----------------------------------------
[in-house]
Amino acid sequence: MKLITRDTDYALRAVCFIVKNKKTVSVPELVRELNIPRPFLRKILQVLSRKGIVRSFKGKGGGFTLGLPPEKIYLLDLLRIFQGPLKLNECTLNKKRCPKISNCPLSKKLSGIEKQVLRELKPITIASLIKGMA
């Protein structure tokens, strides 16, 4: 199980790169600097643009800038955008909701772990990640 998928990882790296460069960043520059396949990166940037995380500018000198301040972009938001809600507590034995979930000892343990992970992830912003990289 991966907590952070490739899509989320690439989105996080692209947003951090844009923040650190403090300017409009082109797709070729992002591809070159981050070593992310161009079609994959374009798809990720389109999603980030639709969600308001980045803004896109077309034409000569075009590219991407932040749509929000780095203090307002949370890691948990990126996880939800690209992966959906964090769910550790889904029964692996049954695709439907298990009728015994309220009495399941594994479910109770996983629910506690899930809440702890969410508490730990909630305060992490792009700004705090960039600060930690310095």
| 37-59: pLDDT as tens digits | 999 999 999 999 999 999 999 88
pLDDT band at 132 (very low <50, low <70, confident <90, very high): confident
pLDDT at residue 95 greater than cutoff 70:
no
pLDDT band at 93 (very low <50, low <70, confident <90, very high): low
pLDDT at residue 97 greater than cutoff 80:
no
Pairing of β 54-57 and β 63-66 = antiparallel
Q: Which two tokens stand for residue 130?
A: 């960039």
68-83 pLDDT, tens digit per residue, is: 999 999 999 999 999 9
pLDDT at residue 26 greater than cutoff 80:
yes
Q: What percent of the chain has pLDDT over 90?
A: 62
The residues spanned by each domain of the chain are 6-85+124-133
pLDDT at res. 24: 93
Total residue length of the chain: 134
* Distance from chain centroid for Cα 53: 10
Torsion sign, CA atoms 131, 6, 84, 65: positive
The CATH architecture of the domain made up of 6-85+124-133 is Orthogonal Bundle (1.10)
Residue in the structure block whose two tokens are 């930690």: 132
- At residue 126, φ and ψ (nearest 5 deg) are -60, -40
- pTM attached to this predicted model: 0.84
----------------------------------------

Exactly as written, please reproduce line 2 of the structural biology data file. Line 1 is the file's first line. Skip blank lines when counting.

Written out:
Amino acid sequence: MKLITRDTDYALRAVCFIVKNKKTVSVPELVRELNIPRPFLRKILQVLSRKGIVRSFKGKGGGFTLGLPPEKIYLLDLLRIFQGPLKLNECTLNKKRCPKISNCPLSKKLSGIEKQVLRELKPITIASLIKGMA